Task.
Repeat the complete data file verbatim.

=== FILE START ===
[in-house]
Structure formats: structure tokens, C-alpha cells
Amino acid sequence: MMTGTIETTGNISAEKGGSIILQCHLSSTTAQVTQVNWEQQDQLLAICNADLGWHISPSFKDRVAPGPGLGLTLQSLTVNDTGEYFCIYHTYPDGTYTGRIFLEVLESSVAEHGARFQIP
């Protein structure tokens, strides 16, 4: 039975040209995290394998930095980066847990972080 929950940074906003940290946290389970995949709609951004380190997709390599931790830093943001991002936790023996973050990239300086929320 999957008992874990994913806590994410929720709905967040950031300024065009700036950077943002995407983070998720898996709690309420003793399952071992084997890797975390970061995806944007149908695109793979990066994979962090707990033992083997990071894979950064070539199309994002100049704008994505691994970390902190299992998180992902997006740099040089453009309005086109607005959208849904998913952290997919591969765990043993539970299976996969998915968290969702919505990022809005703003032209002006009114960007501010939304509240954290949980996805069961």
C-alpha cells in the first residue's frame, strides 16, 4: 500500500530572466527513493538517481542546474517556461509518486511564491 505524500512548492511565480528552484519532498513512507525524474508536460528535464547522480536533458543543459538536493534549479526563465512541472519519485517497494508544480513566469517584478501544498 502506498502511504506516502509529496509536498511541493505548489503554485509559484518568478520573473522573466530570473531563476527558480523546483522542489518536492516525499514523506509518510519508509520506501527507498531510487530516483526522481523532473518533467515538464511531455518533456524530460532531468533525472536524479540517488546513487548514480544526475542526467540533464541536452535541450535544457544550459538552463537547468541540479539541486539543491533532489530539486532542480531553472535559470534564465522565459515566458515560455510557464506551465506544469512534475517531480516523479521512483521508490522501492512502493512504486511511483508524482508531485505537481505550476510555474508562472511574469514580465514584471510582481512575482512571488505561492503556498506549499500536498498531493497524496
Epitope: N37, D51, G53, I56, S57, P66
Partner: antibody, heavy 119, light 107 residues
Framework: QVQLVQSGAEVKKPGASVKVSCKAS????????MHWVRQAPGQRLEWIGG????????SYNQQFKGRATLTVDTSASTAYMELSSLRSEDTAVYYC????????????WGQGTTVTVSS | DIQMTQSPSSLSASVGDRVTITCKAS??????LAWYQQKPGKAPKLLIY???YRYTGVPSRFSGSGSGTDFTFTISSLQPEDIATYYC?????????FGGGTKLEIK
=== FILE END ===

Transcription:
[in-house]
Structure formats: structure tokens, C-alpha cells
Amino acid sequence: MMTGTIETTGNISAEKGGSIILQCHLSSTTAQVTQVNWEQQDQLLAICNADLGWHISPSFKDRVAPGPGLGLTLQSLTVNDTGEYFCIYHTYPDGTYTGRIFLEVLESSVAEHGARFQIP
């Protein structure tokens, strides 16, 4: 039975040209995290394998930095980066847990972080 929950940074906003940290946290389970995949709609951004380190997709390599931790830093943001991002936790023996973050990239300086929320 999957008992874990994913806590994410929720709905967040950031300024065009700036950077943002995407983070998720898996709690309420003793399952071992084997890797975390970061995806944007149908695109793979990066994979962090707990033992083997990071894979950064070539199309994002100049704008994505691994970390902190299992998180992902997006740099040089453009309005086109607005959208849904998913952290997919591969765990043993539970299976996969998915968290969702919505990022809005703003032209002006009114960007501010939304509240954290949980996805069961």
C-alpha cells in the first residue's frame, strides 16, 4: 500500500530572466527513493538517481542546474517556461509518486511564491 505524500512548492511565480528552484519532498513512507525524474508536460528535464547522480536533458543543459538536493534549479526563465512541472519519485517497494508544480513566469517584478501544498 502506498502511504506516502509529496509536498511541493505548489503554485509559484518568478520573473522573466530570473531563476527558480523546483522542489518536492516525499514523506509518510519508509520506501527507498531510487530516483526522481523532473518533467515538464511531455518533456524530460532531468533525472536524479540517488546513487548514480544526475542526467540533464541536452535541450535544457544550459538552463537547468541540479539541486539543491533532489530539486532542480531553472535559470534564465522565459515566458515560455510557464506551465506544469512534475517531480516523479521512483521508490522501492512502493512504486511511483508524482508531485505537481505550476510555474508562472511574469514580465514584471510582481512575482512571488505561492503556498506549499500536498498531493497524496
Epitope: N37, D51, G53, I56, S57, P66
Partner: antibody, heavy 119, light 107 residues
Framework: QVQLVQSGAEVKKPGASVKVSCKAS????????MHWVRQAPGQRLEWIGG????????SYNQQFKGRATLTVDTSASTAYMELSSLRSEDTAVYYC????????????WGQGTTVTVSS | DIQMTQSPSSLSASVGDRVTITCKAS??????LAWYQQKPGKAPKLLIY???YRYTGVPSRFSGSGSGTDFTFTISSLQPEDIATYYC?????????FGGGTKLEIK